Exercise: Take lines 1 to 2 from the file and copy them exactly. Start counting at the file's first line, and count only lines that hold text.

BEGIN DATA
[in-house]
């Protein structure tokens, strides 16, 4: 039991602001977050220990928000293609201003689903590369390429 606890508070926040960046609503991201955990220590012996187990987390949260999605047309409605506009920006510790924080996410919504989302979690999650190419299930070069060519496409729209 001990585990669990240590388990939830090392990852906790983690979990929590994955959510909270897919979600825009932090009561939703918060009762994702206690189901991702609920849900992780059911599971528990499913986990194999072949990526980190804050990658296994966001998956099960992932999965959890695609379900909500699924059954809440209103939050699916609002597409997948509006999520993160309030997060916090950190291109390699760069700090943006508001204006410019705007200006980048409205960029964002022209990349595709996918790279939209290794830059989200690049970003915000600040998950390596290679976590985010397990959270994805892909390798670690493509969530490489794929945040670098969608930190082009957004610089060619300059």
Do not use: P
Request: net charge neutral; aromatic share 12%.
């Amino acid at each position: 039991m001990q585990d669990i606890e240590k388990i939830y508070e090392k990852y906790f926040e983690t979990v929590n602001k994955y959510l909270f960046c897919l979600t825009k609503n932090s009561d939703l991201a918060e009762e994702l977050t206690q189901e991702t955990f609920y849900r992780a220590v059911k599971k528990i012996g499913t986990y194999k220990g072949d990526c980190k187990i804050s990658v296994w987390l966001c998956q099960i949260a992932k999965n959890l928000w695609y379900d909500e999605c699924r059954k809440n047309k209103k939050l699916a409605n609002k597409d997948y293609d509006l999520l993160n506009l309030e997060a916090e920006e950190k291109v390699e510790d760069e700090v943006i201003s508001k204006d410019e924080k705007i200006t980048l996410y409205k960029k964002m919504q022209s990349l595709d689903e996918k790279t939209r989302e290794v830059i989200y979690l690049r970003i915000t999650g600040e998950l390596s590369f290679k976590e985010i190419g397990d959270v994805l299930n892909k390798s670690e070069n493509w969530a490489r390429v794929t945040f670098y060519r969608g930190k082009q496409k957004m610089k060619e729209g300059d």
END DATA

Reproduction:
[in-house]
């Protein structure tokens, strides 16, 4: 039991602001977050220990928000293609201003689903590369390429 606890508070926040960046609503991201955990220590012996187990987390949260999605047309409605506009920006510790924080996410919504989302979690999650190419299930070069060519496409729209 001990585990669990240590388990939830090392990852906790983690979990929590994955959510909270897919979600825009932090009561939703918060009762994702206690189901991702609920849900992780059911599971528990499913986990194999072949990526980190804050990658296994966001998956099960992932999965959890695609379900909500699924059954809440209103939050699916609002597409997948509006999520993160309030997060916090950190291109390699760069700090943006508001204006410019705007200006980048409205960029964002022209990349595709996918790279939209290794830059989200690049970003915000600040998950390596290679976590985010397990959270994805892909390798670690493509969530490489794929945040670098969608930190082009957004610089060619300059």